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Gina Rinehart didn’t specifically mention Africa as she launched her new book Northern Australia and Then Some last week, but it’s a continent never far from her thoughts.
A key tenet of Rinehart’s push to make Northern Australia an “economic zone” with lower taxes and less regulation is to improve the Australia’s mining sector’s competitiveness with Africa.
In a now infamous speech to the Sydney Mining Club in early September, Rinehart made her position clear.
"Business as usual will not do, not when West African competitors can offer our biggest customers an average capital cost for a tonne of iron ore that's $100 under the price offered by an emerging producer in the Pilbara," she said.
"Furthermore, Africans want to work, and its workers are willing to work for less than $2 per day. Such statistics make me worry for this country's future."
Rinehart was roundly criticised for her comments on Africa, but she’s unlikely to have changed her thinking given the slew of mining projects that have been delayed in Australia due to rising costs and falling commodity prices.
But the release of a new African rich list gives us a chance to test in some small way Rinehart’s theory on the rise of Africa.
If African mining is surging as she suggests, then surely a miner should have a strong presence on the new Forbes list of Africa’s 40 richest people?
Well, not quite. There are just three mining entrepreneurs in the top 20 of the list, and one has just sold his family’s entire mining interests. Across the entire list, only four members draw their wealth from oil, despite the region’s obvious natural resources.
While the rise of Rinehart’s African mining billionaires might be some way off, the list still provides a fascinating picture of how money and where money is made in Africa.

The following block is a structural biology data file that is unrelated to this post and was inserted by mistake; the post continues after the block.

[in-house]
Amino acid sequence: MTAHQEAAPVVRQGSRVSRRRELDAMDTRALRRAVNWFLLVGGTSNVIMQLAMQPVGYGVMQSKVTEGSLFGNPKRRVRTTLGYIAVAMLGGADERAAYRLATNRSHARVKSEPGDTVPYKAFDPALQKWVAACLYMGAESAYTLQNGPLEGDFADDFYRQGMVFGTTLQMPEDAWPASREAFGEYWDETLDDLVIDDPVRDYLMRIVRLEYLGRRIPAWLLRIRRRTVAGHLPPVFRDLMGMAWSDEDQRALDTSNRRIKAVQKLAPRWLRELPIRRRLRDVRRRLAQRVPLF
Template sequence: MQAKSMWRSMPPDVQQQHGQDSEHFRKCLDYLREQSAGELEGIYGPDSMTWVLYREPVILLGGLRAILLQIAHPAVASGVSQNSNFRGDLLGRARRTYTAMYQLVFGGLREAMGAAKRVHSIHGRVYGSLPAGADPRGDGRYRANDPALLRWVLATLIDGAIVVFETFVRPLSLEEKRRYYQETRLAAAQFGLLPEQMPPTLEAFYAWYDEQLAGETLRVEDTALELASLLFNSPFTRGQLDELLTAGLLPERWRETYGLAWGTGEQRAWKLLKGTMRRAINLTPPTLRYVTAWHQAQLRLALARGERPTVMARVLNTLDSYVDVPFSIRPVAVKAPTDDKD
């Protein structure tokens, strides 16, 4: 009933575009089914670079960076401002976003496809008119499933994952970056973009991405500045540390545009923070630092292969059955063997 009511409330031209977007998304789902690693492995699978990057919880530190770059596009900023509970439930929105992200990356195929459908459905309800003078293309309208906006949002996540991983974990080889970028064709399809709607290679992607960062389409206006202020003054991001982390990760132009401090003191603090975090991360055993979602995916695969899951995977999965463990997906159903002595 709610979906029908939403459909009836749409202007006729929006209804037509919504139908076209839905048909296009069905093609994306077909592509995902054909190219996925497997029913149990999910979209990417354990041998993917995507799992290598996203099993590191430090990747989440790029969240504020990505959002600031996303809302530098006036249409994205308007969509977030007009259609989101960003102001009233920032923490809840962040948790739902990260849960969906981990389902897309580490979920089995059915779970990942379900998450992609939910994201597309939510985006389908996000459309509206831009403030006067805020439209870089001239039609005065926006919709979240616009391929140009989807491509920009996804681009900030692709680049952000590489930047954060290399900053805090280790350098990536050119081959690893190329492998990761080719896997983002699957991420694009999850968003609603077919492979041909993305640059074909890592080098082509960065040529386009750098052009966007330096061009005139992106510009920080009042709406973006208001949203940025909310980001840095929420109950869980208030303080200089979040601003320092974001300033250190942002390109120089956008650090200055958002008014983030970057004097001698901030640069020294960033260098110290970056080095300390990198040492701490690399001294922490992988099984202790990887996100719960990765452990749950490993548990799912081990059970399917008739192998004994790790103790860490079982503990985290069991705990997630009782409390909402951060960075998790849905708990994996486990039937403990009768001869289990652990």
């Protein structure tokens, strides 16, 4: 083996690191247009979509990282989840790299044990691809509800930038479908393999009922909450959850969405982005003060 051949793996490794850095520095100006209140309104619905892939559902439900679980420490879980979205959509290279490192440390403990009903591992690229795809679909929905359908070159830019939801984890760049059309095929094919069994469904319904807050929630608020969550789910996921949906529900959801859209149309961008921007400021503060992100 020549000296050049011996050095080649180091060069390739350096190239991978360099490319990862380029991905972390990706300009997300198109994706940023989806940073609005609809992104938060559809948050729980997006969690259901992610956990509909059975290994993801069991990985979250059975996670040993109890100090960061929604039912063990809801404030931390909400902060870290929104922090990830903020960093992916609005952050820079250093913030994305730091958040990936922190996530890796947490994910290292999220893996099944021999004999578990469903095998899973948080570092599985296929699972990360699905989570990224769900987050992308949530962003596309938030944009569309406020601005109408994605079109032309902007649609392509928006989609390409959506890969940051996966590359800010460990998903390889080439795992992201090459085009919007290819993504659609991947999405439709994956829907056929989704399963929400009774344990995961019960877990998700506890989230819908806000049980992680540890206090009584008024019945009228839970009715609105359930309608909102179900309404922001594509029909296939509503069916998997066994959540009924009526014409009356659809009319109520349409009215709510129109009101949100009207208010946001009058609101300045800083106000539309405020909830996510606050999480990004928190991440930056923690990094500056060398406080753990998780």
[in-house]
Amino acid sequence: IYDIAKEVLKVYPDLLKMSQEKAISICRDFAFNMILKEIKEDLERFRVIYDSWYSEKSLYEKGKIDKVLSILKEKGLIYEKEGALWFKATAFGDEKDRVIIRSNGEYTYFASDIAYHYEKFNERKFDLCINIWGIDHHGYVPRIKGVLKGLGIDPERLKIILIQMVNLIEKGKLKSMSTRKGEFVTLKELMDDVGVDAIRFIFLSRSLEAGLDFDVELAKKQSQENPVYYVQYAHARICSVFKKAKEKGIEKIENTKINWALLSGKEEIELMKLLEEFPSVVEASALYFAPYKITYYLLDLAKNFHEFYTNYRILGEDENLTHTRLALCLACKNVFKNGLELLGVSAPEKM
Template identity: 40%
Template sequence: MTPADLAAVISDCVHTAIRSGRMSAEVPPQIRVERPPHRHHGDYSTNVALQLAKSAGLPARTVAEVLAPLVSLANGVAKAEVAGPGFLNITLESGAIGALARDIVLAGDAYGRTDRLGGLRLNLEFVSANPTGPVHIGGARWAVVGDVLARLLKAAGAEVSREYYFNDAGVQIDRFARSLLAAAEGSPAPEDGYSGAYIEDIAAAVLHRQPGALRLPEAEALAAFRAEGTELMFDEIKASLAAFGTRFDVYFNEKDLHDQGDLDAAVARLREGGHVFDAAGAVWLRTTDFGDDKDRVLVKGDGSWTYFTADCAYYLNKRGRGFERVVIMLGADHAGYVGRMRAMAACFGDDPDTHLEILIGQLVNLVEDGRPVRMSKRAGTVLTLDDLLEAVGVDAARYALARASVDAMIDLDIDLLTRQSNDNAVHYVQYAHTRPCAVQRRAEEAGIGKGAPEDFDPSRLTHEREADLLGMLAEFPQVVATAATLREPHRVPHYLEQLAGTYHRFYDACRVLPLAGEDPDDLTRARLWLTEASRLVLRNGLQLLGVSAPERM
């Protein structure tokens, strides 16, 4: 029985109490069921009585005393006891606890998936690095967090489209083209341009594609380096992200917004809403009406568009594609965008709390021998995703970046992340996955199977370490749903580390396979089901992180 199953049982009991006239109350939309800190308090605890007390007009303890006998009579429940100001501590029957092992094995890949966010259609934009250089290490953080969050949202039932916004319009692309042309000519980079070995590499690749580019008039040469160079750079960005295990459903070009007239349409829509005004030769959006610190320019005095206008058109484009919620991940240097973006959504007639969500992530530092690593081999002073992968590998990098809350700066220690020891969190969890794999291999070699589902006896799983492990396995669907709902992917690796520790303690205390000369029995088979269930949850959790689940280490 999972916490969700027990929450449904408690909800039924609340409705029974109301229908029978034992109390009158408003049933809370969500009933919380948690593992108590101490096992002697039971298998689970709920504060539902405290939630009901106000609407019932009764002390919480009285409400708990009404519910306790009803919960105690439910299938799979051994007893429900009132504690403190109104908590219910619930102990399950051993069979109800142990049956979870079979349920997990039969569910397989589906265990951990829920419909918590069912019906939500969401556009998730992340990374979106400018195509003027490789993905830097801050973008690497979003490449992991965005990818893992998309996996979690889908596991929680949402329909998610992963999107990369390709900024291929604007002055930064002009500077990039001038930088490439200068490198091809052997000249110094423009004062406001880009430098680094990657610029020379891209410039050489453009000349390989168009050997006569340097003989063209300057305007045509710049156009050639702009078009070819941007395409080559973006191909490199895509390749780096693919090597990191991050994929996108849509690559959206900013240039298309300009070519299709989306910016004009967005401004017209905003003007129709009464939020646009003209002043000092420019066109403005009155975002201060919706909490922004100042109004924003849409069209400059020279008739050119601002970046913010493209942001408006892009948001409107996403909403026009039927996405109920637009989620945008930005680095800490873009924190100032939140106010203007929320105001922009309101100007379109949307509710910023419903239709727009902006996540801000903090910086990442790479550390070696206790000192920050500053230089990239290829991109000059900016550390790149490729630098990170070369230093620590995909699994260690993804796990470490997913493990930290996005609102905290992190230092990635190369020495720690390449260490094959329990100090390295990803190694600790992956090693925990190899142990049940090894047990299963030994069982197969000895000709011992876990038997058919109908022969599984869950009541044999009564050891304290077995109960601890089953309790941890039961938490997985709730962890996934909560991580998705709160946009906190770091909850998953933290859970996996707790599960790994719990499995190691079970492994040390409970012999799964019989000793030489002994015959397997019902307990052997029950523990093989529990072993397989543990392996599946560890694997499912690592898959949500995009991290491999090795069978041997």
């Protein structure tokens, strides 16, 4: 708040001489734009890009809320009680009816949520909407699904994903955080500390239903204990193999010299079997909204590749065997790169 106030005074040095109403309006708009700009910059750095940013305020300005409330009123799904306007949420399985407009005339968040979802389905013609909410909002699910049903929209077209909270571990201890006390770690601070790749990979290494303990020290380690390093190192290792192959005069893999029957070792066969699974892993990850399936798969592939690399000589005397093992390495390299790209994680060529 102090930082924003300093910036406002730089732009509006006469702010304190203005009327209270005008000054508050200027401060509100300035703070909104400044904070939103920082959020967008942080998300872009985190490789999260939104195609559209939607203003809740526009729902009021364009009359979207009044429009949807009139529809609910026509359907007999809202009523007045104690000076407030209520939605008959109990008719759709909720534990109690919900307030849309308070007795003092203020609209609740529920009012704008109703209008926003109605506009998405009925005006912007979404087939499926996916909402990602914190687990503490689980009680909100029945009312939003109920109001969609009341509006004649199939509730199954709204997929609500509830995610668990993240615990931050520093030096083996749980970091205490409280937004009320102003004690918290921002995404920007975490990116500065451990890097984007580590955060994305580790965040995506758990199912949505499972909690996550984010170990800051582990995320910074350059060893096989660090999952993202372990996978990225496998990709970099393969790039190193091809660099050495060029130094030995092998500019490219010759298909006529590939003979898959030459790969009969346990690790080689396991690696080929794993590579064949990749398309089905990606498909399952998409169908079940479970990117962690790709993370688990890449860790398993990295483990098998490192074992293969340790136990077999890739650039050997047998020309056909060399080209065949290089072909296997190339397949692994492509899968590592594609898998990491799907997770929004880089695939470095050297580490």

It’s a list of contrasts, and not just because of the low number of mining entrepreneurs in a continent rich with natural resources.
While the poverty throughout Africa would suggest a raft of rags-to-riches stories, the top end of the list tells the story of a group of men – there are just two women in the list of 40 – who have been born into relative privilege.
It’s also worth noting that the level of wealth in Africa is far lower than in even in Australia. The total wealth on the list in Africa was $72.9 billion, well below the wealth of the richest 40 in Australia, which Forbes measured at $84.9 billion in February.
The minimum amount needed to get on the African list was $400 million; in Australia it was $645 million.
And Gina Rinehart makes an interesting point of comparison too. At Forbes’ valuation of $18 billion, she’s worth almost as much as the top two men on the African list combined.
Let’s take a look at the top five from the African list:
1. Aliko Dangote, $12 billion
Nigeria’s Aliko Dangote was born in 1957 into a wealthy family of established entrepreneurs and quickly picked up the family passion – by primary school he was bulk-buying lollies to resell to the local kids.
The cornerstone of his empire is cement – his company Dangote Cement, is the largest cement maker in Africa with operations in 14 counties across the continent. But Dangote Group also spreads across a number of key commodities, including sugar, flour and salt. A key player in Nigerian politics, Dangote is also well known for donating millions to health and education charities.